After 'strategic consensus' - what?
What does the United States do next in the Middle East? This question has to be posed against a background of many months of drift in US policy, and a basic failure to deal with the problems of the region in their full reality.
Since this spring, the Reagan administration has tried to shoehorn all the complexities of the Middle East into the simplistic formulation of ''strategic consensus'' - the drawing together of all friendly regional countries to oppose Soviet encroachment. The concept fared badly. While it was embraced heartily by both Egypt and Israel, primarily as a means of piggy-backing on the shift of US strategic concern from the Arab-Israeli conflict to the Persian Gulf, it was rejected on Secretary Haig's spring visit to the region by both Jordan and Saudi Arabia. In both cases, it was met by new assertions that Israel and the Palestinian problem, not the Soviet Union, are primary threats; and in the latter case it risked telling the Saudis that we are more concerned with their security than they are themselves - a bad bargaining position ever to be in.
At the same time, the pursuit of strategic consensus has largely come down to the desultory debate over AWACS aircraft for Saudi Arabia - debate which, win or lose, is a poor substitute for a policy which looks at all the possible threats to the Gulf and then leads to a coordinated US-Saudi strategy for dealing with them. Trust has suffered; and ''litmus tests'' have replaced a common sharing of concern about the future of the Gulf and ways to promote it.
Further west, the administration nearly abandoned the long efforts in the Camp David peace process which, however tattered, did at least concentrate the minds of most parties in the region on issues of peace instead of renewed conflict and unilateral advantage. We tend to neglect the chastening effect of US leadership in the Middle East, and the vacuum that develops when we neglect that role.
Logic may now argue for soft-peddling the autonomy talks, lest they meet insuperable difficulties and incubate tensions between Israel and Egypt as the critical date approaches next April for return of that part of Sinai remaining in Israeli hands. Why should Israel seek serious talks on autonomy, when it would have most to give up in reaching agreement? Why should Egypt pursue the talks with vigor, if moderate Arab states are prepared to accept the separate treaty with Israel as a fait accompli?
But that logic does not explain everything, and misses the critical need for some continuing peace framework to ratify and sustain what has been achieved so far. It underplays the pressures which will build up on the Mubarak government, both from within and without, as it seeks to demonstrate its grip on issues of war and peace in the region. And it increases the risks that Washington will be under rising pressure, from Persian Gulf states sought for the strategic consensus, to lean on Israel as the price of cooperation with the US.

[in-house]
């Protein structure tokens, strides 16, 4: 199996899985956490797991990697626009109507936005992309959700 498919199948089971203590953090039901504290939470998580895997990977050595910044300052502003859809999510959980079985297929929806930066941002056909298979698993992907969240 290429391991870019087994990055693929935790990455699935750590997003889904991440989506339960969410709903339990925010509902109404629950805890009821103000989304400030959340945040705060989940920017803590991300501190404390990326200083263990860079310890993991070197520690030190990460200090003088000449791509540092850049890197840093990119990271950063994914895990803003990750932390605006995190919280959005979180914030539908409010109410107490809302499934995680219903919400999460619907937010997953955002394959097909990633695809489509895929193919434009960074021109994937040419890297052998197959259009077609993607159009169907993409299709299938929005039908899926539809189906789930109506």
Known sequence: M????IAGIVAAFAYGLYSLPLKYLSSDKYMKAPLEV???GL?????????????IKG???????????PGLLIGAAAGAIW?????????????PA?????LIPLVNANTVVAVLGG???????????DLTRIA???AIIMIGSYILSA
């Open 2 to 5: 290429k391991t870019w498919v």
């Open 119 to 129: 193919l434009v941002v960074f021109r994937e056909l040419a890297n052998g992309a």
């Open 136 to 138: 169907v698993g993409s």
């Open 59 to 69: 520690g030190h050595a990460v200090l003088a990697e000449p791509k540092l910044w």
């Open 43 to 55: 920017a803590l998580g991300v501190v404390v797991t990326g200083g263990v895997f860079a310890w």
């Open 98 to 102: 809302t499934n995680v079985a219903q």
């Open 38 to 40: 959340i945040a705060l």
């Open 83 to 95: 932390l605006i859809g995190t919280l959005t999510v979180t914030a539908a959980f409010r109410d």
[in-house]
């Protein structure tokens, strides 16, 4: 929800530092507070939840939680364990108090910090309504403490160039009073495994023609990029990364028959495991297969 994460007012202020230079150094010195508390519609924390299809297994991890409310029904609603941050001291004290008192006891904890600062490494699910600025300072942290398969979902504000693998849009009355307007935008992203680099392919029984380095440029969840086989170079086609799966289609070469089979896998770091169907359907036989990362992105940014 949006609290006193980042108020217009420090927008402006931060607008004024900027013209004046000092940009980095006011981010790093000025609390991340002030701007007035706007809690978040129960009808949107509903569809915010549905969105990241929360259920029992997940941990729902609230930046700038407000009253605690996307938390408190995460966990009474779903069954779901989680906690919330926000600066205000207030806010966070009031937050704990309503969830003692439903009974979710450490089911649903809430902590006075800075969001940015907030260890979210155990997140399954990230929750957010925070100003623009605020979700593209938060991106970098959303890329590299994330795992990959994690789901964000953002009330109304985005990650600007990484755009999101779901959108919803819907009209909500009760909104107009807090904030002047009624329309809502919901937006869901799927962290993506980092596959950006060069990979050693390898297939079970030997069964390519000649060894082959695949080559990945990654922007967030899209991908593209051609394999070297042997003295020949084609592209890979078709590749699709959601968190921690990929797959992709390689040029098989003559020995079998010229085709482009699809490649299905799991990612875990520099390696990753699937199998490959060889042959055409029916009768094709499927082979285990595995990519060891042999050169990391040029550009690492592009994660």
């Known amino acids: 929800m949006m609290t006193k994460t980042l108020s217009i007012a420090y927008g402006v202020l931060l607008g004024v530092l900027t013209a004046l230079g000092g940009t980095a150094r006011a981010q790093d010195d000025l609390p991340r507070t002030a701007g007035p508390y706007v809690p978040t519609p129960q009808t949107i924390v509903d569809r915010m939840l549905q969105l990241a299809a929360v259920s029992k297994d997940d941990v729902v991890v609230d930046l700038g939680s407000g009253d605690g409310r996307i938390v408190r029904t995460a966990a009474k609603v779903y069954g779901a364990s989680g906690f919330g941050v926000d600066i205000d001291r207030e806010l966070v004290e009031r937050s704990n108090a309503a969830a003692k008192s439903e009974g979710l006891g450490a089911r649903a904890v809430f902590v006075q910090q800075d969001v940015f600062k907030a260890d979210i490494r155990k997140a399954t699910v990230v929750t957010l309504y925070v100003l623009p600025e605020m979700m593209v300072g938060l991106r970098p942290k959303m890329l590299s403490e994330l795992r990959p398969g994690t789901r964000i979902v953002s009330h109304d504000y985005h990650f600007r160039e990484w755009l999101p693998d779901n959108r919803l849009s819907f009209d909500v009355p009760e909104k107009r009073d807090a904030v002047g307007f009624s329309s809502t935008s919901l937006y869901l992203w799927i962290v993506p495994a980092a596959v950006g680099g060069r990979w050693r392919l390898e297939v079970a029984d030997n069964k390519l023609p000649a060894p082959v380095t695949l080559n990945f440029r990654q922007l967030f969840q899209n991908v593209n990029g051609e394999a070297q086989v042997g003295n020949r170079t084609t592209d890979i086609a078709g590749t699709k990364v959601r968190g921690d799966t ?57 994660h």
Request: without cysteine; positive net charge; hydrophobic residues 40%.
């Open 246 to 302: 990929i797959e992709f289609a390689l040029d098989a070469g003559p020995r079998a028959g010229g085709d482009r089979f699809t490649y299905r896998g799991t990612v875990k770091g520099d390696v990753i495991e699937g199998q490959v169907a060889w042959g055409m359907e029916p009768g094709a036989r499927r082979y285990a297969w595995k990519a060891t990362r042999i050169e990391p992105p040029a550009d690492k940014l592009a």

Perhaps the autonomy talks will ultimately fail. But even if they do, they will prove themselves to be a useful way station to newer ideas; serious efforts to move them forward will concentrate attention on peace as the best alternative to chaos; and they can demonstrate that Egypt, Israel, and the US are genuinely trying to hack away at Middle East dilemmas, even if they do not now succeed.
The first order of business should be for the administration to appoint a senior-level negotiator for the talks - from the available pool of top-flight talent. The second order of business should be the indication of seriousness of purpose in the talks: both about ''legitimate Palestinian rights'' and about Israel's security. Hoping that all will come right in the next few months without such a commitment is a poor basis for policy in a region where trouble is so endemic.
Next, the US should proceed cautiously in further enfolding Egypt in its military embrace. To be sure, more economic aid - especially in league with Western Europe and Japan; certainly, speeding up the delivery of military equipment to Egypt. But to lose a sense of caution about a military presence in Egypt - symbolized by B-52s dropping bombs in the desert as part of the November ''Bright Star'' exercise - may, unless the US is very careful, begin to exceed Egyptian tolerance in protecting its sense of independence and sovereignty. Here , the new Mubarak government should set the pace, however anxious the US is to demonstrate the solidity of the rear echelon for getting to the Gulf.
Finally, it is time to give ''strategic consensus'' a quiet burial, and to begin in earnest the difficult work of defining all the threats to security in the Middle East, in cooperation with friendly states, and to create the complex web of political and economic - as well as military - responses which are needed , both on its own and with its European allies. The Soviet threat is clearly part of that scheme; but concentrating on it alone risks driving out concern with all the other factors which can lead security in the Middle East to come unstuck.
However difficult it is to manage and sustain, a subtle and balanced approach to all Middle East problems beats all alternatives suggested. It offers the best chance of meeting America's many needs there - and they are several: advancing Israel's need for a secure and peaceful future; gaining a fair solution to the Palestinian problem as a critical step to a permanent peace; developing trusting relations with Saudi Arabia and other Gulf states; and enabling President Mubarak to see Egypt's long-term future as lying in continued close relationship with the US, instead of seeing in Anwar Sadat's assassination the lesson that it is perilous to become overidentified with the US, its purposes and policies.